MM: Yeah, and I neglected a crucial aspect of our make-up. We’re five performers, who will be in Madison, but the group also contains three composers as part of the group. So we’re a composer-performer collective. Our electric guitarist is one of our composers, so he’s the only person that kind-of does double duty. And then we have two other composer-members in the group, who will not be in Madison, but are consistently in the group. The idea behind that was first of all modeled on some kind of famous composer-performer collectives of the 1980s and 90s: the Steve Reich Ensemble; the Phillip Glass Ensemble. But there’s also this idea of creating an in-house sound for the group. We have composers who are members of the group writing consciously for the group so that there’s this sound that’s out there that then the other composers can kind of build off of.

MB: It seems like a fairly rare situation. Do you tend to get unsolicited works?

MM: We do yeah, we do get unsolicited works. And also as I mentioned, we do a lot of performances at institutions where we are working with students who will sometimes all write us new pieces that we will perform. In fact the day after we leave Madison we’re going to the Red Note New Music Festival in Normal, Illinois, where we’re doing just that. We’re going to get nine new pieces that were going to perform at the festival and then were going to do a show of our own stuff.

MB: I’m a bit more familiar, I suppose, with the jazz and improvised music world, and there tends to be, at least on the regional level, a fairly strong DIY component to that. I wonder if you could talk about how you sustain this group. Can you discuss your funding mechanisms,such as  grant support, CD sales? How do you sustain this group?

MM: That’s a great question, I’ll let you know when I have the answer! We’ve been around for about 16 years, and all I can say is somehow when there’s a will there’s a way. It’s a combination of all the things you just said. It’s also having a membership in the group that’s devoted to seeing the group go forward, so that means bringing a lot of energy. Sometimes that means bringing a donor to the group; connections. We are a non-profit 501 c3 so we have access to a lot of grants. We’ve built up over the years — it’s a very slow process — a board, so we have that kind of structure in place. It started as a group of I guess 7 of us who are in the group, in grad school, we were all at Yale school of music together, and at this point that’s 15 years ago. Over the years there have been a couple of personnel changes, but kind of the core of the group is still those original members, and none of us are doing a full time gig, in some ways I think that makes it harder because there’s not this building up towards a huge annual budget, everything kind of stays small scale, but it also allows us to kind of be a project driven group. So if we have something like this piece by Sean Friar that we’re recording, we can do some fundraising and things to make sure we can have time in the studio and take the time we need, and have it not be that we need a year-in, year-out huge budget, that the first project would be to raise money, we’ve gotten more  effective at that over the years.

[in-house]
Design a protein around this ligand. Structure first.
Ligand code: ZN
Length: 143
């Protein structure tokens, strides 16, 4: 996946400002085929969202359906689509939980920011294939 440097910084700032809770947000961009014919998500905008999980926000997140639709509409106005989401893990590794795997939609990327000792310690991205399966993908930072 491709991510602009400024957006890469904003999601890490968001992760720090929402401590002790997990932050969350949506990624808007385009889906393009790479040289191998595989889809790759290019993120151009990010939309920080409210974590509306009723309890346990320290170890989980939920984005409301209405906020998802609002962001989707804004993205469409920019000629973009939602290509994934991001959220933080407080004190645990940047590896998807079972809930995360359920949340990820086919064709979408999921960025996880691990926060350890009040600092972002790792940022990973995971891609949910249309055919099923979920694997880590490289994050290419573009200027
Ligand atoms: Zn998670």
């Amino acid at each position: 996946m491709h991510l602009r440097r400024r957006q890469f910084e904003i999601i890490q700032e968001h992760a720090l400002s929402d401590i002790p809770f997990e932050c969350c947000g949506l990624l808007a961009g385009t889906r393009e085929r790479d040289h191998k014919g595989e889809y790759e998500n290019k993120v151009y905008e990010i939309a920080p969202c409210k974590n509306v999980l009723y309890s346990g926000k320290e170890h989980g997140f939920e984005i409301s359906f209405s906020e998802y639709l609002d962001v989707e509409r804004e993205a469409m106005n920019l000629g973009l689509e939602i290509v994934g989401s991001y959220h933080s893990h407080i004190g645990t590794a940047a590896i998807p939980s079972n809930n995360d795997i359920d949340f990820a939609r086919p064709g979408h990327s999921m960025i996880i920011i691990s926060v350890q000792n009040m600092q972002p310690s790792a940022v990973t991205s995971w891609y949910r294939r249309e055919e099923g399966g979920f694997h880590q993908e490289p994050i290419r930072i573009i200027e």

MB: It sounds like a very sustainable model in many ways, and a lot of passion fueling it.

MM: Exactly, and I think probably there are a lot of small jazz groups operating in a similar way.

MB: I agree, and I think it’s interesting for our audiences to understand how their support can fuel these kinds of projects.

MM: Absolutely.

MB: I’m very interested to get the word out on that kind of thing. I don’t know if you had anything else that you’d like to add before we wrap up?

MM: Well, maybe only that we’re excited to play in Wisconsin. I actually live in Wisconsin now, I teach at Lawrence University up in Appleton, and our clarinet player is at UW-Madison. And this is not where we all were when we started the group, but somehow two of us are in Wisconsin and we thought we should be sure to perform there sometime. We’re just excited to build a new audience in what is now a new home for some of us.